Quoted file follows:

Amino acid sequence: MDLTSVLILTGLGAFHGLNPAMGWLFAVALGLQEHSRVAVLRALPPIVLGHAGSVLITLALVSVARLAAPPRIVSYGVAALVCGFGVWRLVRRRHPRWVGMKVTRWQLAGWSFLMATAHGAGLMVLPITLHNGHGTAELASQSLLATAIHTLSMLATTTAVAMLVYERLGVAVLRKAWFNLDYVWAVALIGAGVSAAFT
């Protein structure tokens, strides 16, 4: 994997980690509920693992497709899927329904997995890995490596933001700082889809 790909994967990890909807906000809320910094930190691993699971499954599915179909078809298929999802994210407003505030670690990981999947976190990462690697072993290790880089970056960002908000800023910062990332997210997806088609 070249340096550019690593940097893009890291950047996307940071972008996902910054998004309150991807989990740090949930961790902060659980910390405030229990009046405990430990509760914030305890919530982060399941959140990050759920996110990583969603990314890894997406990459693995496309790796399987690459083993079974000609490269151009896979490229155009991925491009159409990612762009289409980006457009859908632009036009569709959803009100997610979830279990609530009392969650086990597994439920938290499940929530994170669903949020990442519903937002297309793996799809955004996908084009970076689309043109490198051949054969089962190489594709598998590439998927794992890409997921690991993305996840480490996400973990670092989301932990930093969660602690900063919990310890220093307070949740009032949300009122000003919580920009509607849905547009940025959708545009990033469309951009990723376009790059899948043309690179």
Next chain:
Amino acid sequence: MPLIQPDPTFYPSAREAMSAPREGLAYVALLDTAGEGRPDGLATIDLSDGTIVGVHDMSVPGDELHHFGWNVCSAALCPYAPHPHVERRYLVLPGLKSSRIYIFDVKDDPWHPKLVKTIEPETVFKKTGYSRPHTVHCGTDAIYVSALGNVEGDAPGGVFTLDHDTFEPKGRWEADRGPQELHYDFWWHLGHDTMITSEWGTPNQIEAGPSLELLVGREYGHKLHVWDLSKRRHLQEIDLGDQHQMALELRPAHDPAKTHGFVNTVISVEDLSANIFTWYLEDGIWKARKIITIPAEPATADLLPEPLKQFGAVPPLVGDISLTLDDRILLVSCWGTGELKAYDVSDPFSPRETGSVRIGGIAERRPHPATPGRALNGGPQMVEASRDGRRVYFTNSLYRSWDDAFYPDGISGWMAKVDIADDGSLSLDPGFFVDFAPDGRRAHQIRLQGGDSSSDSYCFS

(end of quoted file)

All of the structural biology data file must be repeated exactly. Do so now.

Amino acid sequence: MDLTSVLILTGLGAFHGLNPAMGWLFAVALGLQEHSRVAVLRALPPIVLGHAGSVLITLALVSVARLAAPPRIVSYGVAALVCGFGVWRLVRRRHPRWVGMKVTRWQLAGWSFLMATAHGAGLMVLPITLHNGHGTAELASQSLLATAIHTLSMLATTTAVAMLVYERLGVAVLRKAWFNLDYVWAVALIGAGVSAAFT
């Protein structure tokens, strides 16, 4: 994997980690509920693992497709899927329904997995890995490596933001700082889809 790909994967990890909807906000809320910094930190691993699971499954599915179909078809298929999802994210407003505030670690990981999947976190990462690697072993290790880089970056960002908000800023910062990332997210997806088609 070249340096550019690593940097893009890291950047996307940071972008996902910054998004309150991807989990740090949930961790902060659980910390405030229990009046405990430990509760914030305890919530982060399941959140990050759920996110990583969603990314890894997406990459693995496309790796399987690459083993079974000609490269151009896979490229155009991925491009159409990612762009289409980006457009859908632009036009569709959803009100997610979830279990609530009392969650086990597994439920938290499940929530994170669903949020990442519903937002297309793996799809955004996908084009970076689309043109490198051949054969089962190489594709598998590439998927794992890409997921690991993305996840480490996400973990670092989301932990930093969660602690900063919990310890220093307070949740009032949300009122000003919580920009509607849905547009940025959708545009990033469309951009990723376009790059899948043309690179």
Next chain:
Amino acid sequence: MPLIQPDPTFYPSAREAMSAPREGLAYVALLDTAGEGRPDGLATIDLSDGTIVGVHDMSVPGDELHHFGWNVCSAALCPYAPHPHVERRYLVLPGLKSSRIYIFDVKDDPWHPKLVKTIEPETVFKKTGYSRPHTVHCGTDAIYVSALGNVEGDAPGGVFTLDHDTFEPKGRWEADRGPQELHYDFWWHLGHDTMITSEWGTPNQIEAGPSLELLVGREYGHKLHVWDLSKRRHLQEIDLGDQHQMALELRPAHDPAKTHGFVNTVISVEDLSANIFTWYLEDGIWKARKIITIPAEPATADLLPEPLKQFGAVPPLVGDISLTLDDRILLVSCWGTGELKAYDVSDPFSPRETGSVRIGGIAERRPHPATPGRALNGGPQMVEASRDGRRVYFTNSLYRSWDDAFYPDGISGWMAKVDIADDGSLSLDPGFFVDFAPDGRRAHQIRLQGGDSSSDSYCFS